Published Monday, 09 July 2012
Corey appeared at Belfast's High Court on Monday. (© UTV)
Martin Corey will be released on unconditional bail, following a new ruling on Monday which found the 61-year-old's human rights were breached when the Parole Commissioners refused to free him.
Corey was recalled to prison amid allegations of operational activity within the Continuity IRA, but judicial review proceedings centred on the alleged secrecy surrounding his jailing.
Then-Secretary of State Shaun Woodward put Corey behind bars in April 2010 on the basis of "closed material", but Corey's lawyers said he was not given enough information for the move.
The Lurgan man was originally jailed for life in 1973 for murdering two RUC men, and served 19 years before being freed on licence in 1992.
Despite a number of protests calling for Corey to be freed, in August last year the Parole Commissioner decided a revocation of his licence should remain in force.
They considered open evidence of alleged involvement with dissident republicans, and confidential material unseen by Corey and his representatives.
Mr Justice Treacy held there had been a breach of Article 5 (4) of the European Convention on Human Rights which states that anyone deprived of their liberty can have the lawfulness of detention decided speedily by a court.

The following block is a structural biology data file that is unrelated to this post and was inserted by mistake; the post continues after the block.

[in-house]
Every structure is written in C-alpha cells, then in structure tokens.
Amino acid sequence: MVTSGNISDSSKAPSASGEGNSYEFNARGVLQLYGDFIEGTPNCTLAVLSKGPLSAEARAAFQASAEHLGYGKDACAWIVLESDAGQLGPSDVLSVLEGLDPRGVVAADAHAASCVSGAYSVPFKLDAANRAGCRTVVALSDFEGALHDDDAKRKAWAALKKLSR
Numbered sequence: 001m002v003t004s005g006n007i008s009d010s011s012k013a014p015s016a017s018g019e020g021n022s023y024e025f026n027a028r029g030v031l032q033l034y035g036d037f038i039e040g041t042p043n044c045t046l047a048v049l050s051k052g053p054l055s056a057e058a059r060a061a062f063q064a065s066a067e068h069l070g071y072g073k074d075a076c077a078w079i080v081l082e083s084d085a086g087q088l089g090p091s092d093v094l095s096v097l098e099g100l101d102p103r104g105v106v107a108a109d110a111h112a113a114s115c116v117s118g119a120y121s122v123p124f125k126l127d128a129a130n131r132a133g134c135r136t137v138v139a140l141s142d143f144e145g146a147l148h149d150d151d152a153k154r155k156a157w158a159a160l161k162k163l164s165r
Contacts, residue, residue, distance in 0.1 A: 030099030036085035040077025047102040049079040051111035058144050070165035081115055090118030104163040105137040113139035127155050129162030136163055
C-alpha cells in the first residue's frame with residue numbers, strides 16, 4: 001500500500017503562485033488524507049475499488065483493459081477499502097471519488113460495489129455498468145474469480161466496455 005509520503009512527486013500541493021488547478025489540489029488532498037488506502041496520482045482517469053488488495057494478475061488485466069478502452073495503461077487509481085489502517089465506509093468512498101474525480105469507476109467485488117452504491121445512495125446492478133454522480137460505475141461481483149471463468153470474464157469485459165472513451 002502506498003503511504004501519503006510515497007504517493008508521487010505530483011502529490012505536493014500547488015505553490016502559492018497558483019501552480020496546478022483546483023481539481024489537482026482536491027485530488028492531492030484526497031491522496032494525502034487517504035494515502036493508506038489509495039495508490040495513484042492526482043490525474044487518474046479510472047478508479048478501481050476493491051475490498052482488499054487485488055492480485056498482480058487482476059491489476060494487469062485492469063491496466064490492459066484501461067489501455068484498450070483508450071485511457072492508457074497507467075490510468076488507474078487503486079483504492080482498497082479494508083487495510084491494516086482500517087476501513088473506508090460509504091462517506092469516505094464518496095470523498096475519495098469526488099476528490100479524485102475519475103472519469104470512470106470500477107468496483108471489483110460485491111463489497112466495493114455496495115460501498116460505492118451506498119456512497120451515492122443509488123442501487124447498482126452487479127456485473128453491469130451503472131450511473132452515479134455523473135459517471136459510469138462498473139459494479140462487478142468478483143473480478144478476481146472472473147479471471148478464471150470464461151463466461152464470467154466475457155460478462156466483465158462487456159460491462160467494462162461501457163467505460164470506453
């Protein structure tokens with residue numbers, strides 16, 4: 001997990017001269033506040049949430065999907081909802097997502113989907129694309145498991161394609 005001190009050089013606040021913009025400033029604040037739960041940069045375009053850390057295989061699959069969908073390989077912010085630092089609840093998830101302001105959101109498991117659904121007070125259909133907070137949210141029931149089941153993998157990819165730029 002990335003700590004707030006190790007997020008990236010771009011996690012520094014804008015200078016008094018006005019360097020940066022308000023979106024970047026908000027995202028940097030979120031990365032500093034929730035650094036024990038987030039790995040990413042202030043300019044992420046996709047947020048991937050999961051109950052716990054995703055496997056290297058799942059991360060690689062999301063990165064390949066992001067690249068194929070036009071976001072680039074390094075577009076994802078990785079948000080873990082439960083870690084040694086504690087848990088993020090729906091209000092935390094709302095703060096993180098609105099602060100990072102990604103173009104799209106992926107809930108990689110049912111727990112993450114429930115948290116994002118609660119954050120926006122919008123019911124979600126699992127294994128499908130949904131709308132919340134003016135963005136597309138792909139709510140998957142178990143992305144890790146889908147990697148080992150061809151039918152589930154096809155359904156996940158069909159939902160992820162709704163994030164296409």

He found that the Secretary of State's case against Corey was based solely on closed material, and the open allegations either had no factual basis from which they could be rebutted or were insufficiently specific to enable attempts to refute them.
Mr Justice Treacy also ruled that the Parole Commissioners misdirected themselves in law and failed to provide a sufficient safeguard against the lack of full disclosure.
He stated: "I'm going to remit the matter to the Commissioners to reconsider the matter in light of the judgment of the court.
"I propose to release the applicant on unconditional bail."
Corey was also awarded legal costs in bringing the challenge.
SDLP MLA Dolores Kelly said the closed material cases are "a blight on the sacrosanct principle of open justice".
"The decision today to grant Mr Corey bail is a welcome step in the right direction and I look forward to further moves being made to ensure that any case against him is open, transparent and accountable on both sides of the legal argument," she said.
Sinn Féin MLA Raymond McCartney welcomed Mr Corey's release, adding: "The British government now need to end the pursuit of Martin Corey and drop any further attempts to intern him in the way they have."